- Local authorities should consider encouraging owners of private green spaces to offer open access for the duration of the crisis and maintaining access to public parks for children living in a home or flat without a garden in the event of further restrictions, to allow outdoor exercise and support wellbeing.
- The government should ensure those with full-time caring responsibilities, including parents, can access paid leave through the Coronavirus Job Retention Scheme. It should also introduce a statutory ‘right to request’ for the 80 per cent wage subsidy up to £2500 a month. This should be accompanied by a clear ‘right to return’, ensuring they can return to their job without the risk of employer discrimination.
- The government should invest further in universal credit by increasing the child element of UC and child tax credit by £520 annually per child, alongside removing the two-child limit and the benefit cap. We estimate that the average household with children, claiming UC or child tax credit, would benefit by £1,400 per annum from these changes alone. The UC advance should be turned into a grant and debt deductions suspended for the duration of the crisis, as previously recommended by IPPR. The government should also further raise the standard allowance to £472 per month, taking it to just under one third of the minimum income standard (MIS).
- The government should introduce a one-off child benefit emergency payment of £30 and increase child benefit by £20 a month (£5 per week per child) for the duration of the crisis. Our modelling shows that this would focus financial assistance on lower income groups, with a one-off cost for the emergency payment of an estimated £300 million and ongoing costs per quarter of an estimated £600 million.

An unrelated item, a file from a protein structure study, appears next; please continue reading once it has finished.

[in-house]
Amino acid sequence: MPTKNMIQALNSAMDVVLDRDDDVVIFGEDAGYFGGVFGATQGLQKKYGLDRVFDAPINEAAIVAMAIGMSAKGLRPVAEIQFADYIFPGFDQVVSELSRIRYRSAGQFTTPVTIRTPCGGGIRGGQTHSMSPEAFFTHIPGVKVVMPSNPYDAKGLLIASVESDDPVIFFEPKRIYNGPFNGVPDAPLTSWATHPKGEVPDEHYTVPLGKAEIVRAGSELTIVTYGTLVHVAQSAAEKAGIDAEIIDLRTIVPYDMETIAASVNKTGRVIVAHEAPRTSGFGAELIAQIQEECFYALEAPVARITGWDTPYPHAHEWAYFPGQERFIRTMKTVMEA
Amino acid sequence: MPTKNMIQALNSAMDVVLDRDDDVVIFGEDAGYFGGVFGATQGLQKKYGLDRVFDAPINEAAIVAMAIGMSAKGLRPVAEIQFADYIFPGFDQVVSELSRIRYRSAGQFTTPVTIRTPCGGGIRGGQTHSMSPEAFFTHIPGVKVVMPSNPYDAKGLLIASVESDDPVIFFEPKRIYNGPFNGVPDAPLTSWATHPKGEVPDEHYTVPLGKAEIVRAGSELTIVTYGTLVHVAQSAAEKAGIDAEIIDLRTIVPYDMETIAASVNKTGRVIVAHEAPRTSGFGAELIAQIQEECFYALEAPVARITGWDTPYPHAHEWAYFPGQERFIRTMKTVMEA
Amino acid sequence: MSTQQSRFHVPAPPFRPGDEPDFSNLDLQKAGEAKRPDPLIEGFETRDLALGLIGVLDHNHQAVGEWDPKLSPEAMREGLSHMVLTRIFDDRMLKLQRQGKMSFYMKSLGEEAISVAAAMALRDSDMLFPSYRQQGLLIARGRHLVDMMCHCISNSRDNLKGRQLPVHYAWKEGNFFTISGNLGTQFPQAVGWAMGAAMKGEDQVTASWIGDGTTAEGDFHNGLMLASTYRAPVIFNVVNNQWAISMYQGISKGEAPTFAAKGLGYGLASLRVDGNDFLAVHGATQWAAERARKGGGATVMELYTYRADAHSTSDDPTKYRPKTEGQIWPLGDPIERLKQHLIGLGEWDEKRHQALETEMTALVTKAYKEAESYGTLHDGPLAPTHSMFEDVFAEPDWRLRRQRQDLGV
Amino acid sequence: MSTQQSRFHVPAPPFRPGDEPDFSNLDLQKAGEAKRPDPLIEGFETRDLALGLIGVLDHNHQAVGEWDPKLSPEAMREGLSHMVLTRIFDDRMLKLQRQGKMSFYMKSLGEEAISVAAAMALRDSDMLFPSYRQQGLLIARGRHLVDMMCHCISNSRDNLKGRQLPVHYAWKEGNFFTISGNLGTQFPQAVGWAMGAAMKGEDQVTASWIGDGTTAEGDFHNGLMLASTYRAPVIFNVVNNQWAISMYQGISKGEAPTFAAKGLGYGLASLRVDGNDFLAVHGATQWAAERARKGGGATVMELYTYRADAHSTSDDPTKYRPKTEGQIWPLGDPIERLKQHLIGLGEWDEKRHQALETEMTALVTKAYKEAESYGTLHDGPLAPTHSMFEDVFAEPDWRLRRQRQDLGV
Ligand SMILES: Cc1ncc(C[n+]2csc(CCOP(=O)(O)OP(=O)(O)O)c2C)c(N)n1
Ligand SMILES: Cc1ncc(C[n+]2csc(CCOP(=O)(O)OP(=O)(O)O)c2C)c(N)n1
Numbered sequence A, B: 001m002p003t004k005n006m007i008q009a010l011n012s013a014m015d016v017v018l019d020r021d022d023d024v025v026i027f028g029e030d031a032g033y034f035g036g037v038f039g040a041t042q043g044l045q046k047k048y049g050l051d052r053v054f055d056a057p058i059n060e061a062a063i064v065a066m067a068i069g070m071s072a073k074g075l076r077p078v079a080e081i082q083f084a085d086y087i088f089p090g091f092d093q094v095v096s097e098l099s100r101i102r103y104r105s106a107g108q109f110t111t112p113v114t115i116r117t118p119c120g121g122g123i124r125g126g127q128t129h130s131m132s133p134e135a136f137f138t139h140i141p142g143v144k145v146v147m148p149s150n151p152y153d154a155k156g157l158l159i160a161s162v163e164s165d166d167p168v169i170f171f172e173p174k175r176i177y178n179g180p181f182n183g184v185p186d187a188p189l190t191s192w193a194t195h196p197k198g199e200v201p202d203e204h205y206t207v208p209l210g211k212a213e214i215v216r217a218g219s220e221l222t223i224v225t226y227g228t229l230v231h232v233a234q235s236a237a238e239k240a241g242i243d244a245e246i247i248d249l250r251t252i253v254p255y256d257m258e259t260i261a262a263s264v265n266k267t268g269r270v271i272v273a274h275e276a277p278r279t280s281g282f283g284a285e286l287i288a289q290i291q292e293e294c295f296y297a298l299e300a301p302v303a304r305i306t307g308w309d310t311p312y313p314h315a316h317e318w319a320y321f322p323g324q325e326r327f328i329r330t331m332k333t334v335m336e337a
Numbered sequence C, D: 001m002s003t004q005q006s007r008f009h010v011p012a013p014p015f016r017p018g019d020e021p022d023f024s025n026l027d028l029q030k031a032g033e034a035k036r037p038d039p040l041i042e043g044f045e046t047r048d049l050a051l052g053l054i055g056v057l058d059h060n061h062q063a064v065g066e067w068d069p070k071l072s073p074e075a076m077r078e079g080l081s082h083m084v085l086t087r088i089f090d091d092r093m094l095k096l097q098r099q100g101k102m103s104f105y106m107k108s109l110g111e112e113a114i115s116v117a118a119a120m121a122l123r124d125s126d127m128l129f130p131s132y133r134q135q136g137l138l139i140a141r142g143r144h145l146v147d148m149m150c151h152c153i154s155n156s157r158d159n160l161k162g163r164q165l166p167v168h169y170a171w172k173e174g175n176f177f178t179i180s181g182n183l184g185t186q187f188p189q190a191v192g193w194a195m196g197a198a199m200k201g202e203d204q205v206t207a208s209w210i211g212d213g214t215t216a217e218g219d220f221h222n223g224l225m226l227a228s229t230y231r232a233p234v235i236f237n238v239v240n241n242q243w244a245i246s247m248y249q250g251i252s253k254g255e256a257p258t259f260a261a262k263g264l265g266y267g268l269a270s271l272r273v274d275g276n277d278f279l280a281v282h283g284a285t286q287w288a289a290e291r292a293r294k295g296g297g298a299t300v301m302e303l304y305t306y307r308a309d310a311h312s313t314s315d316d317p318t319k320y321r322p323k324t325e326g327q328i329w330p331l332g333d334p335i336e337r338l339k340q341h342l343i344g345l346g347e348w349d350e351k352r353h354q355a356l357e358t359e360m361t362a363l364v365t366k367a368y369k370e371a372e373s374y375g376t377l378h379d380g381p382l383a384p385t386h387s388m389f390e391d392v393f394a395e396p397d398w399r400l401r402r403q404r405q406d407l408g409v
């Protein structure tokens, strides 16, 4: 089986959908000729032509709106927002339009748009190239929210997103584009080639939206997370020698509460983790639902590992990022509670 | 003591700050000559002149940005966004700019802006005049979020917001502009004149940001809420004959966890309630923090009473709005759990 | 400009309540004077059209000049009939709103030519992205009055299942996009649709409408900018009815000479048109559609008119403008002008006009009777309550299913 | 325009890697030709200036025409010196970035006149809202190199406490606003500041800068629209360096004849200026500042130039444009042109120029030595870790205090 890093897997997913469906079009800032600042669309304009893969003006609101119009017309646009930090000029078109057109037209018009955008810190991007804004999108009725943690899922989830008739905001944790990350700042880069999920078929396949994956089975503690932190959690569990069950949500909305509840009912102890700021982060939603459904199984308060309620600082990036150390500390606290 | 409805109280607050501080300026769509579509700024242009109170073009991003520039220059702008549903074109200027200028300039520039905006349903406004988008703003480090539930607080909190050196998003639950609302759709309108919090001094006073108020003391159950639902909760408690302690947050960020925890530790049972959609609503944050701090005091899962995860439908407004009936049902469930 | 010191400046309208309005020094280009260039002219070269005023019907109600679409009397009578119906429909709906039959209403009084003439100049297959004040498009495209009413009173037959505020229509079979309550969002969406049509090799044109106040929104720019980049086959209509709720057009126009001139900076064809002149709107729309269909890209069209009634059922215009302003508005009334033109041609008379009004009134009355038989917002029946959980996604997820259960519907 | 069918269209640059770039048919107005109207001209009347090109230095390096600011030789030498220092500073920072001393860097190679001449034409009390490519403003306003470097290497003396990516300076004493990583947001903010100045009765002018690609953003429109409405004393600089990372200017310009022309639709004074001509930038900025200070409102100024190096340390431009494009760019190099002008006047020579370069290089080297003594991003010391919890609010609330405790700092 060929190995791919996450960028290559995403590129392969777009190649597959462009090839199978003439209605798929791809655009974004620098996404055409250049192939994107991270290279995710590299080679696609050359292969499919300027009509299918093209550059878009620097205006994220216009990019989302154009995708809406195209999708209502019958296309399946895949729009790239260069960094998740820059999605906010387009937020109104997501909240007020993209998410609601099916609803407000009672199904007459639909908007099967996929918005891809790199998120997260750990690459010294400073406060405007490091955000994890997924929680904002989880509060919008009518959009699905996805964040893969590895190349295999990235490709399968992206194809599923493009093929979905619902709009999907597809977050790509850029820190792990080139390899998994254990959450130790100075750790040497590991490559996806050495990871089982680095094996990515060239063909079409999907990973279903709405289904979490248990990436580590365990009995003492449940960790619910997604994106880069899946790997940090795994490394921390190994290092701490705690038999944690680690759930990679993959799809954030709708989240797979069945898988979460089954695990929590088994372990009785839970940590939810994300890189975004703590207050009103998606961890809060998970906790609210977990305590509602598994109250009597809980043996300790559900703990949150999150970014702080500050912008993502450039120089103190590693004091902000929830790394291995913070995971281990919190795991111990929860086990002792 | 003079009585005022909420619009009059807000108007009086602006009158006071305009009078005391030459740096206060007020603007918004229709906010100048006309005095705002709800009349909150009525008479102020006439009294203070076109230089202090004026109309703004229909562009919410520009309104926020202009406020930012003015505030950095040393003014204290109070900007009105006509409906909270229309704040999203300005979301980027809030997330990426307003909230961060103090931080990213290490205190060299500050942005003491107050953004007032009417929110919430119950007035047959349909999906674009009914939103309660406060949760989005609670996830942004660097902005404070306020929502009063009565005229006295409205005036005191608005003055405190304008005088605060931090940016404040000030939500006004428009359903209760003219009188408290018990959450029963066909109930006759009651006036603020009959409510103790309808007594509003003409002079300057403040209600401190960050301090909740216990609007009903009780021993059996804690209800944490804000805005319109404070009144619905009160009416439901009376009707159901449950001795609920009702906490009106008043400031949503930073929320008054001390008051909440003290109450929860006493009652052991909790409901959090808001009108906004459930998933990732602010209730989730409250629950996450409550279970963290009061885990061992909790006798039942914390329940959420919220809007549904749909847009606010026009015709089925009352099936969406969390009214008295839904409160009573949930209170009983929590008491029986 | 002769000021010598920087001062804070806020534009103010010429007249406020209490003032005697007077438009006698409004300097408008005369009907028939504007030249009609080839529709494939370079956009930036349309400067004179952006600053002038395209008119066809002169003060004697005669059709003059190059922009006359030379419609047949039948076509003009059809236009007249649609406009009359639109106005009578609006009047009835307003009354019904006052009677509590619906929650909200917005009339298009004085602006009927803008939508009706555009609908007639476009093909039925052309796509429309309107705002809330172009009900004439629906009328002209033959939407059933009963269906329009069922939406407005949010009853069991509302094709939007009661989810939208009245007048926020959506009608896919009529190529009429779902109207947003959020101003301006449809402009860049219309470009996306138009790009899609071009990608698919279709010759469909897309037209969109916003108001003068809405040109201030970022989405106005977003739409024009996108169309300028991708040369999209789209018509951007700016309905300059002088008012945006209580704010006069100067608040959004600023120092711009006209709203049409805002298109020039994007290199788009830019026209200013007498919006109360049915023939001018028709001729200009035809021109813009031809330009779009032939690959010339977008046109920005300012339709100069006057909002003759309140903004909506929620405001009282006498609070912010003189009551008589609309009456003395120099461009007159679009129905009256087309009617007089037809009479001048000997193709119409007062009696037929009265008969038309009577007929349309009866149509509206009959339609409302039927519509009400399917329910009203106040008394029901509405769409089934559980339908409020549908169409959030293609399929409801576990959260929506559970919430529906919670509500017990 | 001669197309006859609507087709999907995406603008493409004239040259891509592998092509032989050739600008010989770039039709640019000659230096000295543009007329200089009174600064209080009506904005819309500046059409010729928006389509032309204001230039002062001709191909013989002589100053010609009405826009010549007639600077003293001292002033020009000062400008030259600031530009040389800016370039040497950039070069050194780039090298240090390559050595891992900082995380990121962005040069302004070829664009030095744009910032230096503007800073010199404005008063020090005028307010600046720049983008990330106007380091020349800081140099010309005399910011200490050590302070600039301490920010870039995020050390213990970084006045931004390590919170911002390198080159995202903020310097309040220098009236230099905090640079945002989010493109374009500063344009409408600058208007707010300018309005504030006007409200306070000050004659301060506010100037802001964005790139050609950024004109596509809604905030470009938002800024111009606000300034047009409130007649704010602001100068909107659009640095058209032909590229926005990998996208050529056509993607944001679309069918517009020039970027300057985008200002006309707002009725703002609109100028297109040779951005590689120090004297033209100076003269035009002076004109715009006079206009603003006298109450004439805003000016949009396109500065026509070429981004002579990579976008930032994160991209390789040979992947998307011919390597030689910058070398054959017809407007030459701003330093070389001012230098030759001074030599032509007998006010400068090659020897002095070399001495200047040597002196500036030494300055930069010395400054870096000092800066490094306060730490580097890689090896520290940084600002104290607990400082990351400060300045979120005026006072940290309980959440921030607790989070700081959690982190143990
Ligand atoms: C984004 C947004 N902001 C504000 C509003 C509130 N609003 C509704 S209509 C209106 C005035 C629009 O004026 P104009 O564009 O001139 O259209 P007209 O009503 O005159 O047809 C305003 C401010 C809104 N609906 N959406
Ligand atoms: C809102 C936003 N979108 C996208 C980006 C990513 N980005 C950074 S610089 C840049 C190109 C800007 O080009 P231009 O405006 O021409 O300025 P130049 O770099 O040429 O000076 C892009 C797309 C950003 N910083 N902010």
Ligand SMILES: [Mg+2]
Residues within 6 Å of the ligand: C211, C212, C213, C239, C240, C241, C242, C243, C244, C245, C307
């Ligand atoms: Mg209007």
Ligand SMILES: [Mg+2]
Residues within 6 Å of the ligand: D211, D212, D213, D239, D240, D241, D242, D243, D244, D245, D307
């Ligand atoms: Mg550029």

- The government has recently secured a deal with telecommunications providers to scrap data allowances so that people can stay connected during the crisis. Government should go a step further and work with these providers and schools to identify children in mobile-only homes or without any current internet access, to ensure that they can have broadband installed to take advantage of low or zero rates.
- For children (including children in care) who do not have adequate devices at home for online schooling, government should work with schools and technology companies to see if devices can be donated by these companies or whether they can be loaned by their school. Where neither of these options is possible funding should be made available for this through a new Digital Education Access fund.
- Local authorities should encourage owners of private green spaces to offer open access for the duration of the crisis, particularly in urban or densely populated areas, to help reduce numbers using public parks and green spaces.If further restrictions on time for exercise or to parks and outdoor spaces are introduced, local authorities should consider maintaining access to parks for those children who are living in a home or flat without a garden or in densely populated areas. This could be done by relying on an honesty system, rather than by enforcement, as is currently the case with instructions to exercise once a day.